Quality Action: Our Review of ‘Triple Frontier’

Posted in Movies, Netflix, Theatrical, What's Streaming? by - March 06, 2019
Quality Action: Our Review of ‘Triple Frontier’

Everyone hits a point where they simply have to go and get there’s…

While Triple Frontier will never be accused of reinventing the wheel in the drug cartel, thriller genre it is a very solid and well executed thriller about a group of noble warriors who have ultimately lost their way now that their wars and service are over.

A group of former Special Forces operatives (Ben Affleck, Oscar Isaac, Charlie Hunnam, Garrett Hedlund and Pedro Pascal) reunite to plan a heist in a sparsely populated multi-border zone of South America. For the first time in their prestigious careers these unsung heroes undertake this dangerous mission for self instead of country. But when events take an unexpected turn and threaten to spiral out of control, their skills, their loyalties and their morals are pushed to a breaking point in an epic battle for survival.

We’ll be the first to admit that a lot of the beats that rear up in Triple Frontier are pretty familiar ones; it’s still a film that is exceptionally well executed thanks to some solid direction and an ensemble cast that is very in tune with the material.

Even though he’s only got a handful of credits to his name, Co-Writer/Director J.C. Chandor is quickly becoming a name to be reckoned with.  Triple Frontier is a crisp and fast moving affair from beginning to end.  The film looks like a million bucks thanks to Chandor and cinematographer Roman Vasyanov as they weave in and out of the mountains of Colombia with aplomb giving it all a genuine sense of scope in regards to what these men are getting into.  The script by Chandor and Mark Boal (who also serves as an executive producer) has some genuinely gritty pop to it all and while we’ve seen stories centered around the drug trade before we really have never seen it from this fresh perspective of men who in their own right are all heroes but kind find away to get back into their normal lives and see this as an opportunity to actually get some value out of the things that they’ve done and have been trained to do.  Chandor and Boal don’t over romanticize the situation at any stage and we see career warriors lose track of what the right reasons are for being in the middle of the chaos that crime and violence of the drug trade tends to stir up.  It’s a film that in spite of the occasional gap in logic keeps us visually engaged and even more importantly emotionally present thanks to some solid performances in the ensemble.

Ben Affleck may have top billing as Tom ‘Redfly’ Davis; the former commander of this elite unit but this film unquestionably belongs to Oscar Isaac.  It’s rare to see an actor who is actually adept enough at playing emotional sensitive and bad-ass action hero all at the same time, but Isaac pulls that off in his sleep.  As Santiago ‘Pope’ Garcia he looks for a way for his years and the years of his friends and partners spent in harm’s way to have some commensurate value only to ultimately discover the real value of the life that he has led.  Affleck plays opposite him as Davis quite well as a world weary warrior who seemingly can’t find away to fit back in with normal society.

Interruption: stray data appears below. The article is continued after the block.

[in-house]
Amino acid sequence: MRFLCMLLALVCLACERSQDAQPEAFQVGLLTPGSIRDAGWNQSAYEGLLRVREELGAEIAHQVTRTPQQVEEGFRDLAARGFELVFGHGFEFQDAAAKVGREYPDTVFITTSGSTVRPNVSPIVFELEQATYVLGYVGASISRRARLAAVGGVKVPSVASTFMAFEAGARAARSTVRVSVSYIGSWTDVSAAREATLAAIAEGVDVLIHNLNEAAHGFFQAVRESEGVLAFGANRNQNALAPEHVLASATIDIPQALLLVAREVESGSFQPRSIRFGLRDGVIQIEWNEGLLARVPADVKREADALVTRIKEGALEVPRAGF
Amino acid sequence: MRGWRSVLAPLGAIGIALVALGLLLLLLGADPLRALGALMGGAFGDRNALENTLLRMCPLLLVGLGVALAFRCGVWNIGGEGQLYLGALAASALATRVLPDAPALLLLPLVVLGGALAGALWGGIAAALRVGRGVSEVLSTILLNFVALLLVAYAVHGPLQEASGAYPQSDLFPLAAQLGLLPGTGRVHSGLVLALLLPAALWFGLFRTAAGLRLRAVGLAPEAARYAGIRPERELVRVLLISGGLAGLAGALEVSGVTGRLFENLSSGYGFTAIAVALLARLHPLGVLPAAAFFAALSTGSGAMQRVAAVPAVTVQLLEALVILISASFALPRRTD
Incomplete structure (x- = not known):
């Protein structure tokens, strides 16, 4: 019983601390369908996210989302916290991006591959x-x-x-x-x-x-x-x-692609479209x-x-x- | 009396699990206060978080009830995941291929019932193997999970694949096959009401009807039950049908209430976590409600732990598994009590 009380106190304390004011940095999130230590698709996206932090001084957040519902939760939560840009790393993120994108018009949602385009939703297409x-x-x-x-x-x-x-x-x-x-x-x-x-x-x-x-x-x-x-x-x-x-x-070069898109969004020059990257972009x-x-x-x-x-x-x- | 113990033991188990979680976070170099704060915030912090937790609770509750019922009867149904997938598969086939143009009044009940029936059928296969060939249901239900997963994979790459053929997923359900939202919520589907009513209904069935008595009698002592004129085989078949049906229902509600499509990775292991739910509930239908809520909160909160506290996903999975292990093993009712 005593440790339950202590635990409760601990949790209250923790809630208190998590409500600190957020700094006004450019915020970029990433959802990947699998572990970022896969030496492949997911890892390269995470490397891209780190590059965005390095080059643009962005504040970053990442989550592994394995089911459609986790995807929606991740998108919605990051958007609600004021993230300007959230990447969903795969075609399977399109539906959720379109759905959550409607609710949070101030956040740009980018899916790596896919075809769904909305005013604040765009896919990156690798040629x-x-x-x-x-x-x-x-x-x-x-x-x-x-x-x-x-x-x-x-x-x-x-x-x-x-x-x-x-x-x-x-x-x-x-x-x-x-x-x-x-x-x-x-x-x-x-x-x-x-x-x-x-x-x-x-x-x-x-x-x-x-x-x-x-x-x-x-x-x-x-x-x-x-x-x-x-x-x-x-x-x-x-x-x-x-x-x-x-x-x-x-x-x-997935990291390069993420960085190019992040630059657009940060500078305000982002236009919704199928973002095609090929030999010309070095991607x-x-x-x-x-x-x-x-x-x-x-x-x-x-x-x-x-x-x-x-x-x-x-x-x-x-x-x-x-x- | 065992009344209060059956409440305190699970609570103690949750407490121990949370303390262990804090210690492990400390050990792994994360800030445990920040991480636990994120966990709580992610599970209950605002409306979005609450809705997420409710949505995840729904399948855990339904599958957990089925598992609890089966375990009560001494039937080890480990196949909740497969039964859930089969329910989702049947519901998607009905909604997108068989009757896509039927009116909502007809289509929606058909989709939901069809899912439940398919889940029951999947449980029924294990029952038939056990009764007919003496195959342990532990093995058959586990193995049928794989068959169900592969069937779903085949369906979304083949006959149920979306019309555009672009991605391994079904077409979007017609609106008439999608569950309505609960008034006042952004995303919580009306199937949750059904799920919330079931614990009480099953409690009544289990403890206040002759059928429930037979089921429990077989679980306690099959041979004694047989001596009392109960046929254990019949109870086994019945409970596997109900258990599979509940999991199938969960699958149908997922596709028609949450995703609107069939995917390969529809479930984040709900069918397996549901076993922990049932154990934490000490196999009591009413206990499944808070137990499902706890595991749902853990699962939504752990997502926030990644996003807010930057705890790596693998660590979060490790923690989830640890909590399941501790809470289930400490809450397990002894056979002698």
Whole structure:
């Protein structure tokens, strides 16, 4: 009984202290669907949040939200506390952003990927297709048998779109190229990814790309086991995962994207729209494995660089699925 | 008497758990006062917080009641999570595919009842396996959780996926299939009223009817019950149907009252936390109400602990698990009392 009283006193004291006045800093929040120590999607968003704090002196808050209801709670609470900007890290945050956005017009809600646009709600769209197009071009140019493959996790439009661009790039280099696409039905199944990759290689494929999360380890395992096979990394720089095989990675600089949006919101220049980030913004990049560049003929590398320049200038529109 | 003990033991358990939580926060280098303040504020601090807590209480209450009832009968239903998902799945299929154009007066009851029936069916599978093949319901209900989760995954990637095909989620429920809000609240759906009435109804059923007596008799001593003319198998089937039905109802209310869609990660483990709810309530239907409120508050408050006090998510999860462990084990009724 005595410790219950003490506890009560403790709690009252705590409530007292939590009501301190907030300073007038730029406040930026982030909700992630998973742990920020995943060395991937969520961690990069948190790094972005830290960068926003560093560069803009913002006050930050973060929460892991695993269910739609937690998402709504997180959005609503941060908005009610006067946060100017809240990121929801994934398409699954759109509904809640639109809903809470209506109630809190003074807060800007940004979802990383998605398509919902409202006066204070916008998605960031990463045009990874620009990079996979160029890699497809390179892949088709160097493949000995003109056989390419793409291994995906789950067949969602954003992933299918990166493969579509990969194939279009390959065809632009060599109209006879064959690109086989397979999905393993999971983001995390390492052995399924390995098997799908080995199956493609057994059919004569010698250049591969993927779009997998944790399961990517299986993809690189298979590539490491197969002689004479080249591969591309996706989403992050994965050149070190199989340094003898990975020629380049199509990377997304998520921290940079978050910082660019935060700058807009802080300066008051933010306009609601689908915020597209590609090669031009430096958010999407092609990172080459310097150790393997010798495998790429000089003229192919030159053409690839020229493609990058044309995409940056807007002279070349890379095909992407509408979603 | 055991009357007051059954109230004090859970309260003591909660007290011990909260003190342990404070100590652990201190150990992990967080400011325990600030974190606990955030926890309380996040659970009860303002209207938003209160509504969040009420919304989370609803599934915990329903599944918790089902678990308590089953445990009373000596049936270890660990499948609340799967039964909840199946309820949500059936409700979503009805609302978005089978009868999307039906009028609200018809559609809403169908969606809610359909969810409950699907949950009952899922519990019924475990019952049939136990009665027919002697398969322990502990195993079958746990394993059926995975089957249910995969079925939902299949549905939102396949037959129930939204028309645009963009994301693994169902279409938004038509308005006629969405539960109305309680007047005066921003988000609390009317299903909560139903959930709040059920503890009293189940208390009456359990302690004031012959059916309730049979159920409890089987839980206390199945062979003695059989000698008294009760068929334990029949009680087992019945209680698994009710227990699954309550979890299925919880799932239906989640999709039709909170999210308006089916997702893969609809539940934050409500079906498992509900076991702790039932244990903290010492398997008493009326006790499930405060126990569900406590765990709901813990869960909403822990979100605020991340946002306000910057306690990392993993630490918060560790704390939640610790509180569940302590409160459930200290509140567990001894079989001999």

In many ways, none of these men can.  They all have their demons and Pedro Pascal, Charlie Hunnam and Garrett Hedlund round out the ensemble nicely give us a subtle glimpse at the genuinely humanistic toll that the men and women who put themselves in harms ways in conflict areas like Columbia each and every day.

Ultimately, Triple Frontier gives us somewhat of a fresh angle on a well worn story that really gets carried over the goal line by make us care about not only the action and drama in front of our eyes but by the men behind it.

Triple Frontier is playing exclusively at the TIFF Bell Lightbox here in downtown Toronto until it launches on the Netflix streaming service on March 13th.

  • Release Date: 3/6/2019
This post was written by
David Voigt is a Toronto based writer with a problem and a passion for the moving image and all things cinema. Having moved from production to the critical side of the aisle for well over 10 years now at outlets like Examiner.com, Criticize This, Dork Shelf (Now That Shelf), to.Night Newspaper he’s been all across his city, the country and the continent in search of all the news and reviews that are fit to print from the world of cinema.
Comments are closed.
(function(i,s,o,g,r,a,m){i['GoogleAnalyticsObject']=r;i[r]=i[r]||function(){ (i[r].q=i[r].q||[]).push(arguments)},i[r].l=1*new Date();a=s.createElement(o), m=s.getElementsByTagName(o)[0];a.async=1;a.src=g;m.parentNode.insertBefore(a,m) })(window,document,'script','//www.google-analytics.com/analytics.js','ga'); ga('create', 'UA-61364310-1', 'auto'); ga('send', 'pageview');